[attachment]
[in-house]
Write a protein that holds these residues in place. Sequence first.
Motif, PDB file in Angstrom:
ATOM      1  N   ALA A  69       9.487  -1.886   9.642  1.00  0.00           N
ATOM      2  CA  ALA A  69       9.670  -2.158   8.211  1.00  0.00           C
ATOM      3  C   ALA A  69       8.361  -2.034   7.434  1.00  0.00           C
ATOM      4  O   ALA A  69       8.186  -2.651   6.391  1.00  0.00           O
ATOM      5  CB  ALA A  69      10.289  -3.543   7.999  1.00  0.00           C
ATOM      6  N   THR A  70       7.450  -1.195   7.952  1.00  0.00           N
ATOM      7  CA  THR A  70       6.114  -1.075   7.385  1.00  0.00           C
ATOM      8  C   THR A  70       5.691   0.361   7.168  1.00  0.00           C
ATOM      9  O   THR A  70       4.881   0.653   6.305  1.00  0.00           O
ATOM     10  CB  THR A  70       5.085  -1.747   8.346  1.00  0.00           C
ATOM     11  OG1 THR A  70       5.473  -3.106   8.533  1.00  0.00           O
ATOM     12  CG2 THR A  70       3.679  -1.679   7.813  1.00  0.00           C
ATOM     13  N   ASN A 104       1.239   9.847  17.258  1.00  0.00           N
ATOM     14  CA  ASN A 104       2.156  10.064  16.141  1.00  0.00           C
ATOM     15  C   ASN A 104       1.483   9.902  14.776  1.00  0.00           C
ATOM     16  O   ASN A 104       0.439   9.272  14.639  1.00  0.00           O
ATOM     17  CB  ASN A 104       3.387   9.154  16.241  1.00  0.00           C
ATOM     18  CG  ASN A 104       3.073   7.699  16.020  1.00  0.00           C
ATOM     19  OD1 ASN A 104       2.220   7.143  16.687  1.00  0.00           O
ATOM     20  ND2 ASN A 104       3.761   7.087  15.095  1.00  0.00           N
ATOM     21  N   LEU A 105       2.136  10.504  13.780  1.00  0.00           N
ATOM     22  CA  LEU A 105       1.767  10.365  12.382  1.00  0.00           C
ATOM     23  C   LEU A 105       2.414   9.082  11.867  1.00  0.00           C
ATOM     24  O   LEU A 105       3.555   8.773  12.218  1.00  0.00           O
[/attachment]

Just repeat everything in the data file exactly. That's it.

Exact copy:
[in-house]
Write a protein that holds these residues in place. Sequence first.
Motif, PDB file in Angstrom:
ATOM      1  N   ALA A  69       9.487  -1.886   9.642  1.00  0.00           N
ATOM      2  CA  ALA A  69       9.670  -2.158   8.211  1.00  0.00           C
ATOM      3  C   ALA A  69       8.361  -2.034   7.434  1.00  0.00           C
ATOM      4  O   ALA A  69       8.186  -2.651   6.391  1.00  0.00           O
ATOM      5  CB  ALA A  69      10.289  -3.543   7.999  1.00  0.00           C
ATOM      6  N   THR A  70       7.450  -1.195   7.952  1.00  0.00           N
ATOM      7  CA  THR A  70       6.114  -1.075   7.385  1.00  0.00           C
ATOM      8  C   THR A  70       5.691   0.361   7.168  1.00  0.00           C
ATOM      9  O   THR A  70       4.881   0.653   6.305  1.00  0.00           O
ATOM     10  CB  THR A  70       5.085  -1.747   8.346  1.00  0.00           C
ATOM     11  OG1 THR A  70       5.473  -3.106   8.533  1.00  0.00           O
ATOM     12  CG2 THR A  70       3.679  -1.679   7.813  1.00  0.00           C
ATOM     13  N   ASN A 104       1.239   9.847  17.258  1.00  0.00           N
ATOM     14  CA  ASN A 104       2.156  10.064  16.141  1.00  0.00           C
ATOM     15  C   ASN A 104       1.483   9.902  14.776  1.00  0.00           C
ATOM     16  O   ASN A 104       0.439   9.272  14.639  1.00  0.00           O
ATOM     17  CB  ASN A 104       3.387   9.154  16.241  1.00  0.00           C
ATOM     18  CG  ASN A 104       3.073   7.699  16.020  1.00  0.00           C
ATOM     19  OD1 ASN A 104       2.220   7.143  16.687  1.00  0.00           O
ATOM     20  ND2 ASN A 104       3.761   7.087  15.095  1.00  0.00           N
ATOM     21  N   LEU A 105       2.136  10.504  13.780  1.00  0.00           N
ATOM     22  CA  LEU A 105       1.767  10.365  12.382  1.00  0.00           C
ATOM     23  C   LEU A 105       2.414   9.082  11.867  1.00  0.00           C
ATOM     24  O   LEU A 105       3.555   8.773  12.218  1.00  0.00           O